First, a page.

6. Bless rather than curse
      1. Vs. 9 gives another quality we need even in dealing with each other as brethren (and much more, the world) – we need to act PROPERLY regardless of how the other party (parties) are acting. You NEVER deescalate an incident by retaliating in kind to rude or reviling (slanderous, or verbally abusive) behavior.
      2. Recall Romans 12:16-21 again reminds us of this quality.
      3. Instead, we are to give a blessing so that God can bless you. We have addressed this word, which means, “to speak well of” and is a root for our word eulogy.  Just remember what Jesus said in Matthew 5:43-44, even of our enemies; and earlier we are to “turn the other cheek” (Matthew 5:38-39ff).  Romans 12:14 repeats that we bless those who persecute us
      4. When we bless others, God takes note and we can anticipate His blessings – cf. Matthew 25:34.
      5. AGAIN, be reminded that these are the types of attitudes and qualities which keep us together as the family of God, in face of a world that is so often set against us.
  2. Why we do this (10-12)
    1. Peter now again quotes from the Old Testament, this time from Psalm 34:12-16
    2. We love life and desire to see good days
      1. We need to cherish each other AND develop this type of a disposition toward everyone. IF we desire life – here it could describe eternal life (Romans 2:7-10) and/or the quality of our lives on earth.
      2. Again be reminded of Romans 12:18, as much as depends on YOU, live peaceably with all men. This is how we began this section of 1 Peter several lessons ago (1 Peter 2:11-12 – we desire honorable conduct among the Gentiles; Coming up in 1 Peter 3:16 we find it again.
      3. Striving to manifest good and decent qualities is NEVER detrimental to our lives – honesty, patience, gentleness, peaceable, serving, etc. Galatians 5:22-23 notes that qualities like these (peace, longsuffering, kindness, goodness, gentleness, faithfulness, self-control, etc.), “Against such there is no law.”
    3. It is the right way to live. Peter here describes 3 more qualities that enhance our lives
      1. Watch your tongue – just remember James’ warning in James 3:1-12, Matthew 12:34-37, Jesus spoke of what we speak reflects what is in our heart.
      2. Avoid evil and do good – see the previous verse
      3. Seek peace and pursue it – Matthew 5:9, “Blessed are the peacemakers, for they shall be called sons of God.”  Romans 14:19, with one another, we are to pursue (go after fervently) those things which make for peace and lead to edification; Hebrews 12:14 calls for us to pursue peace with all, and holiness, “without which no one will see the Lord.”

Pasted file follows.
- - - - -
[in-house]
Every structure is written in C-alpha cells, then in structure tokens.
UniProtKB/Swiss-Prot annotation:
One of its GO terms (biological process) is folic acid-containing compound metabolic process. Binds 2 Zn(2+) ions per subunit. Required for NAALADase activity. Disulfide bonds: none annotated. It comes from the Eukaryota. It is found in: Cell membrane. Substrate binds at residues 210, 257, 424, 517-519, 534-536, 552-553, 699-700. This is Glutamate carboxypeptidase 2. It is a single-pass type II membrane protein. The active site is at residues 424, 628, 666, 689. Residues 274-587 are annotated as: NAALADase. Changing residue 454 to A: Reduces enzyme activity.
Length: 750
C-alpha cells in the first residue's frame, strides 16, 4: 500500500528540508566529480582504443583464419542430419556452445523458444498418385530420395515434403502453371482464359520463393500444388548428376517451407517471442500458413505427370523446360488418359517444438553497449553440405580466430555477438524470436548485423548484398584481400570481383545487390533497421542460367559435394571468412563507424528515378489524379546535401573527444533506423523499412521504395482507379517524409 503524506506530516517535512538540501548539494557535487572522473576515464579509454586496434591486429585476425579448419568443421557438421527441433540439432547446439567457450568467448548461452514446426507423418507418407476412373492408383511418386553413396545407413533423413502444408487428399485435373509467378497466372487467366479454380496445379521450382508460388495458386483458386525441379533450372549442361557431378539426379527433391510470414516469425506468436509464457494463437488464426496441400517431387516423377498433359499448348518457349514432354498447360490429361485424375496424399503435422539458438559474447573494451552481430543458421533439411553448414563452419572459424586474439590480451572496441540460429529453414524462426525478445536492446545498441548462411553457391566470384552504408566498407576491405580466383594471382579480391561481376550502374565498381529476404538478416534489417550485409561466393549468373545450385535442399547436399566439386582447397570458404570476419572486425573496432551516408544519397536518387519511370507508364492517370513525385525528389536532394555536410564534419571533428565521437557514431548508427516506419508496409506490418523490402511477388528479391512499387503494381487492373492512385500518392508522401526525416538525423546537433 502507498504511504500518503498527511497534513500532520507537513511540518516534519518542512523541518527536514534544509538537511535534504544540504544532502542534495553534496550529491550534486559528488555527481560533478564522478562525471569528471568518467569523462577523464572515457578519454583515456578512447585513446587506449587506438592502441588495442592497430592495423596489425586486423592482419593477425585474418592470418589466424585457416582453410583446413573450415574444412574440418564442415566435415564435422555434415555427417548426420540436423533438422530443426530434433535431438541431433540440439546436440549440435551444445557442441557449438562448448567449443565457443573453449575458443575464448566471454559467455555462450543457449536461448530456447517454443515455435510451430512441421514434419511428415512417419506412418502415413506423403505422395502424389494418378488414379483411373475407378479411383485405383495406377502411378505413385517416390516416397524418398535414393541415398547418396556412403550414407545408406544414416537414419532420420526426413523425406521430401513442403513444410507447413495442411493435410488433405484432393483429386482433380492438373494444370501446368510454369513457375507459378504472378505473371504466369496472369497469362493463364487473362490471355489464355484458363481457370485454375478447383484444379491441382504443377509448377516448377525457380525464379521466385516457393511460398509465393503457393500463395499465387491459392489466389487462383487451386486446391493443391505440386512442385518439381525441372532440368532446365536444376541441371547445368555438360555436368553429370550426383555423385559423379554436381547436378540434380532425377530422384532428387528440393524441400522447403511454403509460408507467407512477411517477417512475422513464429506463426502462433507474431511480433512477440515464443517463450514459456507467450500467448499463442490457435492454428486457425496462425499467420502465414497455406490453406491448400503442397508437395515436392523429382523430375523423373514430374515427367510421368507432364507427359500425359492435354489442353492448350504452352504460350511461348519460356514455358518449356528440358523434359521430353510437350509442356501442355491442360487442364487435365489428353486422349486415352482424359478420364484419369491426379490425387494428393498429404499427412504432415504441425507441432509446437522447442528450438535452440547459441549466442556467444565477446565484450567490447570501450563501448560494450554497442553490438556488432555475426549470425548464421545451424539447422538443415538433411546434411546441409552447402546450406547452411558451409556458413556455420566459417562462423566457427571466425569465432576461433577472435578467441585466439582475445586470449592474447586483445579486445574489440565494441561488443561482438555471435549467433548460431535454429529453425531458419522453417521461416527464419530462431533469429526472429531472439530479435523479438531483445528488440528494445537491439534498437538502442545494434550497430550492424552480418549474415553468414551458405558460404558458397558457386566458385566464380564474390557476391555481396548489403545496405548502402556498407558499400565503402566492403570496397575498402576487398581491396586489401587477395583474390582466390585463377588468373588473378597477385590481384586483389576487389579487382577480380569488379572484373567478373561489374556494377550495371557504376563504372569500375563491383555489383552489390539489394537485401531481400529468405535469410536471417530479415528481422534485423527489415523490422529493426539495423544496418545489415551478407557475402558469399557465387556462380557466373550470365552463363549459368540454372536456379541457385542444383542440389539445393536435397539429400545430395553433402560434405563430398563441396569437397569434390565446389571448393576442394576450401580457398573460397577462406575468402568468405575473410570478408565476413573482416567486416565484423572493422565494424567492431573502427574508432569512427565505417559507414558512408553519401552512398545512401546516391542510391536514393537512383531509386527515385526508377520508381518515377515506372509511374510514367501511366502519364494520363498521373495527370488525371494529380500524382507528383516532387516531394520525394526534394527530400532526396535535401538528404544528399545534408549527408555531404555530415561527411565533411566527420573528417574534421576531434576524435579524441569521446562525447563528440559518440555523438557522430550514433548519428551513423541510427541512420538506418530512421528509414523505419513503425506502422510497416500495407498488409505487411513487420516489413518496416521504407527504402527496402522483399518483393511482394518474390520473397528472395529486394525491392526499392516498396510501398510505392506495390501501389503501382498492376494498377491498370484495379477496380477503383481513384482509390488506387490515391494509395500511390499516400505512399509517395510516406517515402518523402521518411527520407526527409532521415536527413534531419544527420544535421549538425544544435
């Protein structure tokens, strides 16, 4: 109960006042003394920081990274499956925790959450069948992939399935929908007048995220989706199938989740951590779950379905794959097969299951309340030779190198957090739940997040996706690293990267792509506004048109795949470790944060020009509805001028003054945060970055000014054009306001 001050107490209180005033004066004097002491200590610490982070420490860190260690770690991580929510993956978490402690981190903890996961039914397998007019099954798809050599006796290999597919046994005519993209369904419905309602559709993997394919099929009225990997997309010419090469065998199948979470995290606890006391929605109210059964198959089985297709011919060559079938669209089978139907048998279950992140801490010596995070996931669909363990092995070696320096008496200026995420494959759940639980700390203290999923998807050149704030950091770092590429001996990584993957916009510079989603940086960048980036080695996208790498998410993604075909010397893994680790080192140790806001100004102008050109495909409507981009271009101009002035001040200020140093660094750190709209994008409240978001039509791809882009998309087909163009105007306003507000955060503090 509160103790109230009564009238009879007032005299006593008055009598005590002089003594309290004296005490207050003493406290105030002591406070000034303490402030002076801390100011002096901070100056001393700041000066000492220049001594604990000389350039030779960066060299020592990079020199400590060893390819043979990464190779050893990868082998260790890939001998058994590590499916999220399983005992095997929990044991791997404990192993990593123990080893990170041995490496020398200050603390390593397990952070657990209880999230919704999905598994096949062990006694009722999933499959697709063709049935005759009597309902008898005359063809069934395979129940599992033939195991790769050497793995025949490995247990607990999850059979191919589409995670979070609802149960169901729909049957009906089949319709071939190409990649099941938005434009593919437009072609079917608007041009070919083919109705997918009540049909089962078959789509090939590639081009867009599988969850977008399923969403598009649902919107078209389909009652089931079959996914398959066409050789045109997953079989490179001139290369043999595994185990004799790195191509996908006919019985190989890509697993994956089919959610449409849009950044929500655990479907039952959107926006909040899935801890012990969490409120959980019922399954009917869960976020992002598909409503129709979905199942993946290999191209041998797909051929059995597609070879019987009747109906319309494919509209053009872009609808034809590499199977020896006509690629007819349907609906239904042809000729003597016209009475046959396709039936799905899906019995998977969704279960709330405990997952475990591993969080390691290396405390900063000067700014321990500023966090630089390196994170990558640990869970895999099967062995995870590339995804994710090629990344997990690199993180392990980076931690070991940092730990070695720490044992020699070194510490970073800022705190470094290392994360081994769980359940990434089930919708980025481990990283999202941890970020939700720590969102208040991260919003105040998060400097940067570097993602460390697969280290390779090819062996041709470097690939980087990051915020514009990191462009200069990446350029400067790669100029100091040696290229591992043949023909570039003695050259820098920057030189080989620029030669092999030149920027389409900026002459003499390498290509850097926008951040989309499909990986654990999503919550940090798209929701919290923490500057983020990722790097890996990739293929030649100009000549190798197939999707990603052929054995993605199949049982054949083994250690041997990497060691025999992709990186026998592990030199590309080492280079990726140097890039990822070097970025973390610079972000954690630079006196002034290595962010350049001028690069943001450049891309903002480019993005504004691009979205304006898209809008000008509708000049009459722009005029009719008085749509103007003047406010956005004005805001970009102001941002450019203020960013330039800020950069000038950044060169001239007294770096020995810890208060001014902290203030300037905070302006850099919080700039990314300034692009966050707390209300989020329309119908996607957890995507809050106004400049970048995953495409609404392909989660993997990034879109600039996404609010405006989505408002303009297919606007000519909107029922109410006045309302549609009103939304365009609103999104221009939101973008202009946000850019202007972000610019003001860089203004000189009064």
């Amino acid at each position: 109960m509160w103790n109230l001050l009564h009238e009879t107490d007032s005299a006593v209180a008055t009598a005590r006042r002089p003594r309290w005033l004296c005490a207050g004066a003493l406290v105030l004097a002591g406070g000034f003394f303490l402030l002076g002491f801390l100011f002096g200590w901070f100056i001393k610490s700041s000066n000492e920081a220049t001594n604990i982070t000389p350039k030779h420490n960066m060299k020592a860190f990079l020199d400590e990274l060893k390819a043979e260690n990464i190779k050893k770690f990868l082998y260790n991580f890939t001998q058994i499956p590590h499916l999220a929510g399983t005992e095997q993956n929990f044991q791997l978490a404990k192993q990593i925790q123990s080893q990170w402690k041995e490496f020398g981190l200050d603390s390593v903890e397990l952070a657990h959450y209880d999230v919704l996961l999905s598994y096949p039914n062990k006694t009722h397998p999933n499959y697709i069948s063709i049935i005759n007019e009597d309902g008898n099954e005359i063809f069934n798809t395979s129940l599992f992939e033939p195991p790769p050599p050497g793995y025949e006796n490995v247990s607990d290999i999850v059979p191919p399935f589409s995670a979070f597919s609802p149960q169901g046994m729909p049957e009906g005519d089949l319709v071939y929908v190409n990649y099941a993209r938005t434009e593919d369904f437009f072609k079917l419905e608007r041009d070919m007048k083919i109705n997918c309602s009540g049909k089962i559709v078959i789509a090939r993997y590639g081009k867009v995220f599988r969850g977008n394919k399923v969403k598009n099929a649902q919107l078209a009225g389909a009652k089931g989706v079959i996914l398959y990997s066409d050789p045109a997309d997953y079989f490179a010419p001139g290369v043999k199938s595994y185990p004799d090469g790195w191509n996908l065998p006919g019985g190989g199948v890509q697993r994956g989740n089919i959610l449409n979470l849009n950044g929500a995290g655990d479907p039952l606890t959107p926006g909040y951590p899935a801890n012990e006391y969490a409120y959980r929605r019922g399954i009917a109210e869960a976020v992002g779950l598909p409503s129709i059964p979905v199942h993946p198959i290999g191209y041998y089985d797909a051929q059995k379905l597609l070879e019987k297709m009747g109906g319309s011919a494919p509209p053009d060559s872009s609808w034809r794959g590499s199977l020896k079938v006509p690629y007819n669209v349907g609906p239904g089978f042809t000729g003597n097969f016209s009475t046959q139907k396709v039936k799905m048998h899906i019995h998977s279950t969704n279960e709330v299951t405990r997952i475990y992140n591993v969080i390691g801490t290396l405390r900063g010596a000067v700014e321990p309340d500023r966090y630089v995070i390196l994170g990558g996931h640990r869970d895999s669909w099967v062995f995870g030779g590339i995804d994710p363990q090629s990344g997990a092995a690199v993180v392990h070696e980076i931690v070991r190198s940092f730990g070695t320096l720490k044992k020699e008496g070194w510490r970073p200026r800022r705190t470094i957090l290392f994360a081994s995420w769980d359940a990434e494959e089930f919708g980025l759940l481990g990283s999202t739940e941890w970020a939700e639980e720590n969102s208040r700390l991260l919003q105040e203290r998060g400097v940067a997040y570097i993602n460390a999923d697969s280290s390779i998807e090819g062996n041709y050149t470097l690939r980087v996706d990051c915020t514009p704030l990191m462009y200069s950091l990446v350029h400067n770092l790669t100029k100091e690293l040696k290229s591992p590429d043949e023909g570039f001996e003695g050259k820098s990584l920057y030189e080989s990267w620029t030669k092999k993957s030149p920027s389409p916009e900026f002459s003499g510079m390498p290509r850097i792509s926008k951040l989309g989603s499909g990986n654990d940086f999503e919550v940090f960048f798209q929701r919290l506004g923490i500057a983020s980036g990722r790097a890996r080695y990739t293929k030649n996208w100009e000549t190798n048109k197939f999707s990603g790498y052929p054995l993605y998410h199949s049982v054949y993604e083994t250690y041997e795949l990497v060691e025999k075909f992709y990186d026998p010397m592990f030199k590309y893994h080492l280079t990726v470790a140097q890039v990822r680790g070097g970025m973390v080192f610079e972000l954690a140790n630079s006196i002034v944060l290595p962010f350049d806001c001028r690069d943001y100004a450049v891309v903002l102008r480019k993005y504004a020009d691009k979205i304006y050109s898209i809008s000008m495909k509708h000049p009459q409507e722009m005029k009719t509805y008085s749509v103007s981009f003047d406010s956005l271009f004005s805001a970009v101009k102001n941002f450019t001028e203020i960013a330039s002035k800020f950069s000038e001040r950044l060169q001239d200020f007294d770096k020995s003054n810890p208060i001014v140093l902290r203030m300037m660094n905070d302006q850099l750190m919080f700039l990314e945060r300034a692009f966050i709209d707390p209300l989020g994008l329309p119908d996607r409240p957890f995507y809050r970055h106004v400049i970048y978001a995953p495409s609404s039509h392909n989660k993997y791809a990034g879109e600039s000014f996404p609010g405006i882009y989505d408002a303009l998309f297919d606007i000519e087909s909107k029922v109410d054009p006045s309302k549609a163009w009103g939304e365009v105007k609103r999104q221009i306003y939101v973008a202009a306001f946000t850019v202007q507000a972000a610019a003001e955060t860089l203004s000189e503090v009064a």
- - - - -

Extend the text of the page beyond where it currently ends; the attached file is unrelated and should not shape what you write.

4. God’s eyes are on the righteous – He hears their prayers
      1. Simply stated, God is watching – He always does – Hebrews 4:13
      2. He listens to the prayers of the godly. IF we want God to hear our prayers, we MUST strive to live godly lives.
        1. Recall the conclusion of 1 Peter 3:7 – as spouses, we do NOT want our prayers to be hindered.
        2. James 5:16 notes that “the effective, fervent prayer of a righteous man avails much.
        3. Consider also 1 John 5:14-15 here – we often observe this text in reference to WHAT we are asking for, but what about HOW we ask – are we godly?
    5. His face is against those who do evil
      1. Just as God is for the godly, He is against the ungodly. And He always Has.
      2. Recall Hebrews 10:31, “It is a fearful thing to fall into the hands of the living God.”
      3. Romans 2:5-11 speaks of God’s righteous judgment against both the godly and the wicked. A similar thought is developed in 2 Thessalonians 1:5-10
      4. You CANNOT live as a rebellious sinner and expect God to bless you.


And thus, we see the encouragement of Peter to faithfulness among brethren.  Peter has been addressing the importance of submitting and serving, and here he summarizes that thought in our relationships.  We know that the types of qualities we have discussed in this lesson are good.  They will help us to not only submit in worldly & difficult circumstances, but AS brethren for whom we care and love, these types of qualities make it joyous to consider others over ourselves.   So, how are you treating your brethren?  Think about it!